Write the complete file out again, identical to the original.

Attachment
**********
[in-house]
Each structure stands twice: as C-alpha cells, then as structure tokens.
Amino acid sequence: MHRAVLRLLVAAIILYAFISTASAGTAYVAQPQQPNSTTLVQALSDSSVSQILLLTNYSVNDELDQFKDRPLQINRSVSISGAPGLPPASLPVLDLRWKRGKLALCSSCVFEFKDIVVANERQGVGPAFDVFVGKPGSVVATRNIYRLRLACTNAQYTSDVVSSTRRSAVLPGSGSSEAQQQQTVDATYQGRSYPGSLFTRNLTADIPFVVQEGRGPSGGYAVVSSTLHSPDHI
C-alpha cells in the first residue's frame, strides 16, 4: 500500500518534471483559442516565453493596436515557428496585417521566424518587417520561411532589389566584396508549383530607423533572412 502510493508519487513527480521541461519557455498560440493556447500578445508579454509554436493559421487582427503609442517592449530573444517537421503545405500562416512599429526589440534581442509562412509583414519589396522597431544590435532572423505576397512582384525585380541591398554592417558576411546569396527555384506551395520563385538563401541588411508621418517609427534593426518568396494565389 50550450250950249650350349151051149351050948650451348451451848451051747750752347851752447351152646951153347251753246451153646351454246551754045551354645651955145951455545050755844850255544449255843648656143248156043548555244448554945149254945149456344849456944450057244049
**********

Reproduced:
[in-house]
Each structure stands twice: as C-alpha cells, then as structure tokens.
Amino acid sequence: MHRAVLRLLVAAIILYAFISTASAGTAYVAQPQQPNSTTLVQALSDSSVSQILLLTNYSVNDELDQFKDRPLQINRSVSISGAPGLPPASLPVLDLRWKRGKLALCSSCVFEFKDIVVANERQGVGPAFDVFVGKPGSVVATRNIYRLRLACTNAQYTSDVVSSTRRSAVLPGSGSSEAQQQQTVDATYQGRSYPGSLFTRNLTADIPFVVQEGRGPSGGYAVVSSTLHSPDHI
C-alpha cells in the first residue's frame, strides 16, 4: 500500500518534471483559442516565453493596436515557428496585417521566424518587417520561411532589389566584396508549383530607423533572412 502510493508519487513527480521541461519557455498560440493556447500578445508579454509554436493559421487582427503609442517592449530573444517537421503545405500562416512599429526589440534581442509562412509583414519589396522597431544590435532572423505576397512582384525585380541591398554592417558576411546569396527555384506551395520563385538563401541588411508621418517609427534593426518568396494565389 50550450250950249650350349151051149351050948650451348451451848451051747750752347851752447351152646951153347251753246451153646351454246551754045551354645651955145951455545050755844850255544449255843648656143248156043548555244448554945149254945149456344849456944450057244049